South-Western Legal Studies in Business

Swimming Program May Be Protected Trade Secret
Description A group of swim instructors left their employer who had developed a special swim program for infants. The former employees went into direct competition. An appeals court held it was to be determined at trial if the program was due trade secret protection.
Topic Intellectual Property
Key Words Trade Secret; Misappropriation; Swimming Instructions
C A S E   S U M M A R Y
Facts Barnett founded Infant Swimming Research (ISR) in 1966. It is described as a “scientific, behavioral approach to pediatric drowning prevention” utilizing a method known as “swim, float, swim” and containing nearly 2,000 “prompts and procedures” for teaching infants as young as six-months old how to survive in water. In a five-week course, ISR trains and certifies instructors who then teach survival skills to infants in private lessons, ten minutes a day, five days a week for three to four weeks. ISR instructors sign nondisclosure agreements and covenants not to compete. Several former ISR instructors started a competing firm, Infant Aquatic Survival that uses the ISR methods. Barnett sued the former employees for misappropriation of trade secrets. The district court dismissed the suit. Barnett appealed.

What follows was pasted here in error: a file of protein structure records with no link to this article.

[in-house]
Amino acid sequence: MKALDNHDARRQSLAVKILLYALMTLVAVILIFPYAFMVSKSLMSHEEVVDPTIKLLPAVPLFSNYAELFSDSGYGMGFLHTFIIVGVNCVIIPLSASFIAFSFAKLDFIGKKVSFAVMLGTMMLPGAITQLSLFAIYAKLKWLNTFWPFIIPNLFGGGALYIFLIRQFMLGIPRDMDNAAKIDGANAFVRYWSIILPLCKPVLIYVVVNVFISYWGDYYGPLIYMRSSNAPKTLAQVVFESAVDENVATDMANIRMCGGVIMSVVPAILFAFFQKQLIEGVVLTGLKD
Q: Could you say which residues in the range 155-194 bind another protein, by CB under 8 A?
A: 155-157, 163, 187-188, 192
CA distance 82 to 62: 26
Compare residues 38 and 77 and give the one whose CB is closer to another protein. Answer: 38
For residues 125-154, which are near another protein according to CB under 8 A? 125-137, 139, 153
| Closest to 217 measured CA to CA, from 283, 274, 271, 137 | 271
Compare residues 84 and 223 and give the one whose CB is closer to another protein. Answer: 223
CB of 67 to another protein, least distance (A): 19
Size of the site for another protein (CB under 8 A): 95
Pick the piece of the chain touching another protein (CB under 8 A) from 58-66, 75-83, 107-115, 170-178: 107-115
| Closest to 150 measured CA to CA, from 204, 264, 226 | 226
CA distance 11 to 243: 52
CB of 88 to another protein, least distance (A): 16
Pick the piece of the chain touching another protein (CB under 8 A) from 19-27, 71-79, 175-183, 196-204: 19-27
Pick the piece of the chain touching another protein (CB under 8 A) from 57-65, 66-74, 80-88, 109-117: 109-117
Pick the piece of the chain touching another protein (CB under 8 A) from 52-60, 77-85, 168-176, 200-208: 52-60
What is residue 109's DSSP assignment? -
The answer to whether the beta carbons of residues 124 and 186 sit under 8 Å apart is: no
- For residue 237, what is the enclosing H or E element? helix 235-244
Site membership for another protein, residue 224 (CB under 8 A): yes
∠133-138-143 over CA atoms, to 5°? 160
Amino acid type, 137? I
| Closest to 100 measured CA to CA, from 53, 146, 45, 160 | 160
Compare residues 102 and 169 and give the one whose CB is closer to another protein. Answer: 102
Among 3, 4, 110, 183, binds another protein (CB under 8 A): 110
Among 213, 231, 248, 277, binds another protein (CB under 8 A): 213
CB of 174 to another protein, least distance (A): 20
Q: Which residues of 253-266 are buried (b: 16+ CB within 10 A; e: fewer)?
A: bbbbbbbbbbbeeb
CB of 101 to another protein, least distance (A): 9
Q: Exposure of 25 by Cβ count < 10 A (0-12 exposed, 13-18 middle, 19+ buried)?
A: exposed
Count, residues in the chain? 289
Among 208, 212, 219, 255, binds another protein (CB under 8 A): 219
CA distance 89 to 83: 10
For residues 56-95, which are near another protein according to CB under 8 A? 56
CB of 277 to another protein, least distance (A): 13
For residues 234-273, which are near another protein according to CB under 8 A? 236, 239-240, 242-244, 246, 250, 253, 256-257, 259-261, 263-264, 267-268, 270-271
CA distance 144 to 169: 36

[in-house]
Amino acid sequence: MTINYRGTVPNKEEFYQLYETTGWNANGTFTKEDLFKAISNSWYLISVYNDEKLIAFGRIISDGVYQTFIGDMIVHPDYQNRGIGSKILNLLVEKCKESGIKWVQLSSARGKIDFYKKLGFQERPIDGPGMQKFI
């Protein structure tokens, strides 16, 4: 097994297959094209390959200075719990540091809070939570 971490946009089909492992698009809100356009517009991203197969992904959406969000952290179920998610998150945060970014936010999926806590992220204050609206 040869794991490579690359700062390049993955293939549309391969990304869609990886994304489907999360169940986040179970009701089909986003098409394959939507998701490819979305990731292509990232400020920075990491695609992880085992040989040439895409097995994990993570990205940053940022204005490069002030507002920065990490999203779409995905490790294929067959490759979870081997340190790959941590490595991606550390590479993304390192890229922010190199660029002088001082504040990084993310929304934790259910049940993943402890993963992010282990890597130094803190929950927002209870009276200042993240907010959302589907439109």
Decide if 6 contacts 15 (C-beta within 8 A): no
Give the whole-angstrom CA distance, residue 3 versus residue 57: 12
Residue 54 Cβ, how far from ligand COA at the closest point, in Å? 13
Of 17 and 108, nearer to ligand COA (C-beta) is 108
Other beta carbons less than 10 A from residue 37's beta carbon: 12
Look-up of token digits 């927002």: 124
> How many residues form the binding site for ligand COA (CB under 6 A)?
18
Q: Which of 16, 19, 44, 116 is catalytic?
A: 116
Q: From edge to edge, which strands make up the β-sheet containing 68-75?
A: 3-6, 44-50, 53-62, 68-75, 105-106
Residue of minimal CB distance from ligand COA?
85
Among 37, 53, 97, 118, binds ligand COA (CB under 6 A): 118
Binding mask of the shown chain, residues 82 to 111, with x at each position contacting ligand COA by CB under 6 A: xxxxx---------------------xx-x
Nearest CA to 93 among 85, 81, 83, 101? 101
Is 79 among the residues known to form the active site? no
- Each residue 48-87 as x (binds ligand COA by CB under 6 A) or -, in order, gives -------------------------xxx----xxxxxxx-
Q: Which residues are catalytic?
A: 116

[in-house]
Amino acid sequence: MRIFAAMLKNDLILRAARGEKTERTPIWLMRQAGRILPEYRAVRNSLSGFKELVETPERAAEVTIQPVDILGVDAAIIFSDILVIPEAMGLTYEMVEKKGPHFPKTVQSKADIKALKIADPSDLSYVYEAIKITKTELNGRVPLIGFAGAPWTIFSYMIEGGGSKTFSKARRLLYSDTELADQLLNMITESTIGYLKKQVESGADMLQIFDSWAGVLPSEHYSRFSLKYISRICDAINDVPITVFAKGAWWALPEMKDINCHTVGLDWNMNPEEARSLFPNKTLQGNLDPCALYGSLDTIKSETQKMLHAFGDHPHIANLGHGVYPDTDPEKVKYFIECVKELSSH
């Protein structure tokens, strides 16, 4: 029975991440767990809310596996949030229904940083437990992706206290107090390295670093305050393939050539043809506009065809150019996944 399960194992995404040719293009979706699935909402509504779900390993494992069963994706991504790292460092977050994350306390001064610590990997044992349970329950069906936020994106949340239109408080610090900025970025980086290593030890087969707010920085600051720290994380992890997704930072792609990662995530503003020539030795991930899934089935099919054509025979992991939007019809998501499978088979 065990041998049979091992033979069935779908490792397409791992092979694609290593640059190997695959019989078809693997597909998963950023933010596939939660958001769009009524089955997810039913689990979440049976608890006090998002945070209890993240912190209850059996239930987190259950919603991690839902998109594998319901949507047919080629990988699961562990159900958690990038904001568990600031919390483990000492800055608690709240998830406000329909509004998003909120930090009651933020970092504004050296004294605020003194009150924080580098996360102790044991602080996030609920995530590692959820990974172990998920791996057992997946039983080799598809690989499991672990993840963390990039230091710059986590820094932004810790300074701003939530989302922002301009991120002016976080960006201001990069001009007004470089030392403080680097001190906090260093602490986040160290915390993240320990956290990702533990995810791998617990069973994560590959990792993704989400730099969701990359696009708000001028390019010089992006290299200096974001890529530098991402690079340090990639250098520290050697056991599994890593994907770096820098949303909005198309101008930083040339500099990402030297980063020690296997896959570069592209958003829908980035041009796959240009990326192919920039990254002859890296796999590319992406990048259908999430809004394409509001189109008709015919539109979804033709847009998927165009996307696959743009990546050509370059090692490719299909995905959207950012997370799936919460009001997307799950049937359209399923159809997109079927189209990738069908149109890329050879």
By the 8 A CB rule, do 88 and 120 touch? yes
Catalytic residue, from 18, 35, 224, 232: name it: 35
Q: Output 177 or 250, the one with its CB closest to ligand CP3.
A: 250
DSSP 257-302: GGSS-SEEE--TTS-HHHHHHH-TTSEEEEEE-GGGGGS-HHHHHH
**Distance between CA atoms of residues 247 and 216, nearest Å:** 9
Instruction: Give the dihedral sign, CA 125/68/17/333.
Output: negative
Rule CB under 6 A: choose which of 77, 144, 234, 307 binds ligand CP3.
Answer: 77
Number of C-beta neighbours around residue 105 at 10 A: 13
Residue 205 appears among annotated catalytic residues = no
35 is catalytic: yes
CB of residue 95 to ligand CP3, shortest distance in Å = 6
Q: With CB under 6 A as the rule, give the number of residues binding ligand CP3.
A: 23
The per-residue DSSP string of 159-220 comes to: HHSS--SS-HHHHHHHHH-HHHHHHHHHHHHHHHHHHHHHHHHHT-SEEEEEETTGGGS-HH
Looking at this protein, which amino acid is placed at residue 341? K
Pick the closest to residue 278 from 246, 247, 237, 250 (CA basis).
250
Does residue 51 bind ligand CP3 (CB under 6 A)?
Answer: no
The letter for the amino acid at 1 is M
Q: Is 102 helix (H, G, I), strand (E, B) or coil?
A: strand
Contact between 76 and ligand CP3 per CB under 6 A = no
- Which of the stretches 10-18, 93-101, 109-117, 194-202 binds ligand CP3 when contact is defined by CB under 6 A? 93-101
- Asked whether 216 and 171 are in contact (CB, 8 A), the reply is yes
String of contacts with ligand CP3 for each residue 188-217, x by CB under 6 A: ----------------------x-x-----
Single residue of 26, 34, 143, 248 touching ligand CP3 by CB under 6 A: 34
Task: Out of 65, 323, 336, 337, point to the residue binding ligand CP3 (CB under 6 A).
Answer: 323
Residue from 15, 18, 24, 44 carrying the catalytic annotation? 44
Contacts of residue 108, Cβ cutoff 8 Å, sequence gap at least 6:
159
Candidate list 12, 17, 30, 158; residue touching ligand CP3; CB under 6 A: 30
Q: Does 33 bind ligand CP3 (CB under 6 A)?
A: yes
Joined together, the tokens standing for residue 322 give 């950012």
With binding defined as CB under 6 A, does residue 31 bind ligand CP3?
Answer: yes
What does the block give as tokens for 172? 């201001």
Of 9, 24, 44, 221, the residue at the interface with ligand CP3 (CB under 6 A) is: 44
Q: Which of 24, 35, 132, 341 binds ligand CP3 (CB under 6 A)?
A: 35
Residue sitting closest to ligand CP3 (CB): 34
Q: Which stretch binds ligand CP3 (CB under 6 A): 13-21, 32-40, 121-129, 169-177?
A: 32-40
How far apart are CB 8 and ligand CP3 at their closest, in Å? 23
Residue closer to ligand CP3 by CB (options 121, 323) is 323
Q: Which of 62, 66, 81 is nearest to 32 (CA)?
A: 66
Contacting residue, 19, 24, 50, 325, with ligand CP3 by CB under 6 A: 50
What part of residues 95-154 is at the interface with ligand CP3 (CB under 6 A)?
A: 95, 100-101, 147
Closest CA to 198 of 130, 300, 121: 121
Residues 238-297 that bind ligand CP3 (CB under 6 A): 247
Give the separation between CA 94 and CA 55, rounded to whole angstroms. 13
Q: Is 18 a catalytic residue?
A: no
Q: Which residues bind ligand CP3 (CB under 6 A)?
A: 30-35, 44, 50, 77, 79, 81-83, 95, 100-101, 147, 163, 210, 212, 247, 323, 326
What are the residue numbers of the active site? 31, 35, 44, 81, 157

Decision

Reversed. Factors considered to determine if a trade secret exists under Colorado law include: 1) the extent to which the information is known outside the business; 2) the extent to which information is known by those inside the business; 3) the precautions taken by the holder of the trade secret to guard secrecy of information; 4) the savings effected and the value to the holder in having information as against competitors; 5) the amount of effort or money expended in obtaining and developing the information; and 6) the amount of time and expense it would take for others to acquire and duplicate the information. It is an issue of material fact as to whether the swimming program qualified as a trade secret under Colorado law, even though some elements were in the public domain. The suit will proceed.

Citation Harvey Bennett, Inc. v. Shidler, 338 F.3d 1125 (10th Cir., 2003)

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